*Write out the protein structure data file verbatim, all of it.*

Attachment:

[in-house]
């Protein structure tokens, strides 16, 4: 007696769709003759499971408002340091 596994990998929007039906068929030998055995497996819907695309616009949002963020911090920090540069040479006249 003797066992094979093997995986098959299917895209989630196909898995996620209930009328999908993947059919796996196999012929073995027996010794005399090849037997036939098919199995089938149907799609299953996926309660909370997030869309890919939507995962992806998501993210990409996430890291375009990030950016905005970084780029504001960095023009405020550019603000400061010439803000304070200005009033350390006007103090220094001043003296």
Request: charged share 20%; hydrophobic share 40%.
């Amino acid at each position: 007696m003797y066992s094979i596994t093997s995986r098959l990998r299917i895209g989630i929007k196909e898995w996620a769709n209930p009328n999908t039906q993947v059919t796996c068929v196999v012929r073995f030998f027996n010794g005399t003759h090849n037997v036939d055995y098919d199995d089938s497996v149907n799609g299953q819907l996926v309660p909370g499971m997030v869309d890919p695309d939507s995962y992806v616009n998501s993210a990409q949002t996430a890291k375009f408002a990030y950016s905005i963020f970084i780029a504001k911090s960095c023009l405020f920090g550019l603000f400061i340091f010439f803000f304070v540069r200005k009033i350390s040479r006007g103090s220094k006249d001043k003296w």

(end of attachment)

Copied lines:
[in-house]
């Protein structure tokens, strides 16, 4: 007696769709003759499971408002340091 596994990998929007039906068929030998055995497996819907695309616009949002963020911090920090540069040479006249 003797066992094979093997995986098959299917895209989630196909898995996620209930009328999908993947059919796996196999012929073995027996010794005399090849037997036939098919199995089938149907799609299953996926309660909370997030869309890919939507995962992806998501993210990409996430890291375009990030950016905005970084780029504001960095023009405020550019603000400061010439803000304070200005009033350390006007103090220094001043003296």
Request: charged share 20%; hydrophobic share 40%.
């Amino acid at each position: 007696m003797y066992s094979i596994t093997s995986r098959l990998r299917i895209g989630i929007k196909e898995w996620a769709n209930p009328n999908t039906q993947v059919t796996c068929v196999v012929r073995f030998f027996n010794g005399t003759h090849n037997v036939d055995y098919d199995d089938s497996v149907n799609g299953q819907l996926v309660p909370g499971m997030v869309d890919p695309d939507s995962y992806v616009n998501s993210a990409q949002t996430a890291k375009f408002a990030y950016s905005i963020f970084i780029a504001k911090s960095c023009l405020f920090g550019l603000f400061i340091f010439f803000f304070v540069r200005k009033i350390s040479r006007g103090s220094k006249d001043k003296w």